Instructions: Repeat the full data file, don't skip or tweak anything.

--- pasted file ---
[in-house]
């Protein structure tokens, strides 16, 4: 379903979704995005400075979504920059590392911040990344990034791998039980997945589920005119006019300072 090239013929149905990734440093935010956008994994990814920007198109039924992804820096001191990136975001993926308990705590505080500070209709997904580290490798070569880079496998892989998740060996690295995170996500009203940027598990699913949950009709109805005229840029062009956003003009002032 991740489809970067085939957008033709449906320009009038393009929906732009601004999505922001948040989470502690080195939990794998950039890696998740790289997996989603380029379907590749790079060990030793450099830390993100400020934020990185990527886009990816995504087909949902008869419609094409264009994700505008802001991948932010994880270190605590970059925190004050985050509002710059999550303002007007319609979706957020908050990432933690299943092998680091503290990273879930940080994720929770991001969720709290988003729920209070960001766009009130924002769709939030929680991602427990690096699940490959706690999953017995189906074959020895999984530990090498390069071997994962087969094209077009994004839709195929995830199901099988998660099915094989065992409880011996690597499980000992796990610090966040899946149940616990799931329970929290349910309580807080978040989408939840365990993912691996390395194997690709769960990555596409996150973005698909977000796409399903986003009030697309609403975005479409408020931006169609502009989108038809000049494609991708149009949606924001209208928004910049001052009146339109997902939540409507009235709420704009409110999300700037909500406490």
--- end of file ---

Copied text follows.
[in-house]
């Protein structure tokens, strides 16, 4: 379903979704995005400075979504920059590392911040990344990034791998039980997945589920005119006019300072 090239013929149905990734440093935010956008994994990814920007198109039924992804820096001191990136975001993926308990705590505080500070209709997904580290490798070569880079496998892989998740060996690295995170996500009203940027598990699913949950009709109805005229840029062009956003003009002032 991740489809970067085939957008033709449906320009009038393009929906732009601004999505922001948040989470502690080195939990794998950039890696998740790289997996989603380029379907590749790079060990030793450099830390993100400020934020990185990527886009990816995504087909949902008869419609094409264009994700505008802001991948932010994880270190605590970059925190004050985050509002710059999550303002007007319609979706957020908050990432933690299943092998680091503290990273879930940080994720929770991001969720709290988003729920209070960001766009009130924002769709939030929680991602427990690096699940490959706690999953017995189906074959020895999984530990090498390069071997994962087969094209077009994004839709195929995830199901099988998660099915094989065992409880011996690597499980000992796990610090966040899946149940616990799931329970929290349910309580807080978040989408939840365990993912691996390395194997690709769960990555596409996150973005698909977000796409399903986003009030697309609403975005479409408020931006169609502009989108038809000049494609991708149009949606924001209208928004910049001052009146339109997902939540409507009235709420704009409110999300700037909500406490």